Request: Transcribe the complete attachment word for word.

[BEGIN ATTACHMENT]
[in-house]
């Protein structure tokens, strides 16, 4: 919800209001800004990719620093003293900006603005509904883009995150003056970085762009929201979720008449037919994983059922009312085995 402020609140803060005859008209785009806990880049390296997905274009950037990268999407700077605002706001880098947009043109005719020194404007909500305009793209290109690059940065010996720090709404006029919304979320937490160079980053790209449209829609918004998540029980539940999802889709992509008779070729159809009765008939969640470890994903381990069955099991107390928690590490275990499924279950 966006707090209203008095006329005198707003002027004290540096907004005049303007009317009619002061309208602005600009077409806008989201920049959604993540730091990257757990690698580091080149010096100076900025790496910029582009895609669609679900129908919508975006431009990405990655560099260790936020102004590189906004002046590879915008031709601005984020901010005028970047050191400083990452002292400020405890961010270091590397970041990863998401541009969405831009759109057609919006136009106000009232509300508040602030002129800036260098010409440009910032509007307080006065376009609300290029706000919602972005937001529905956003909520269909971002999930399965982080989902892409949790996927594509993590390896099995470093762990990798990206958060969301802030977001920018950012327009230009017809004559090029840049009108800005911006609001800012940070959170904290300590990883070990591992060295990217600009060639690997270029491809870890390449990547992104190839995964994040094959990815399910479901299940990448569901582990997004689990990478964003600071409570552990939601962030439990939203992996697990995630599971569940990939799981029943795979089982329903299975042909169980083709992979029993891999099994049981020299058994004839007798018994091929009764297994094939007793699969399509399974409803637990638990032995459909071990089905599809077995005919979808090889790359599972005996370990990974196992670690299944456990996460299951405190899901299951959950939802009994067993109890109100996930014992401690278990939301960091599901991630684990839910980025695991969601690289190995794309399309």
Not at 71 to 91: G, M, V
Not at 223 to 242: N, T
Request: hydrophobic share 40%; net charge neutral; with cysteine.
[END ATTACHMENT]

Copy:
[in-house]
């Protein structure tokens, strides 16, 4: 919800209001800004990719620093003293900006603005509904883009995150003056970085762009929201979720008449037919994983059922009312085995 402020609140803060005859008209785009806990880049390296997905274009950037990268999407700077605002706001880098947009043109005719020194404007909500305009793209290109690059940065010996720090709404006029919304979320937490160079980053790209449209829609918004998540029980539940999802889709992509008779070729159809009765008939969640470890994903381990069955099991107390928690590490275990499924279950 966006707090209203008095006329005198707003002027004290540096907004005049303007009317009619002061309208602005600009077409806008989201920049959604993540730091990257757990690698580091080149010096100076900025790496910029582009895609669609679900129908919508975006431009990405990655560099260790936020102004590189906004002046590879915008031709601005984020901010005028970047050191400083990452002292400020405890961010270091590397970041990863998401541009969405831009759109057609919006136009106000009232509300508040602030002129800036260098010409440009910032509007307080006065376009609300290029706000919602972005937001529905956003909520269909971002999930399965982080989902892409949790996927594509993590390896099995470093762990990798990206958060969301802030977001920018950012327009230009017809004559090029840049009108800005911006609001800012940070959170904290300590990883070990591992060295990217600009060639690997270029491809870890390449990547992104190839995964994040094959990815399910479901299940990448569901582990997004689990990478964003600071409570552990939601962030439990939203992996697990995630599971569940990939799981029943795979089982329903299975042909169980083709992979029993891999099994049981020299058994004839007798018994091929009764297994094939007793699969399509399974409803637990638990032995459909071990089905599809077995005919979808090889790359599972005996370990990974196992670690299944456990996460299951405190899901299951959950939802009994067993109890109100996930014992401690278990939301960091599901991630684990839910980025695991969601690289190995794309399309």
Not at 71 to 91: G, M, V
Not at 223 to 242: N, T
Request: hydrophobic share 40%; net charge neutral; with cysteine.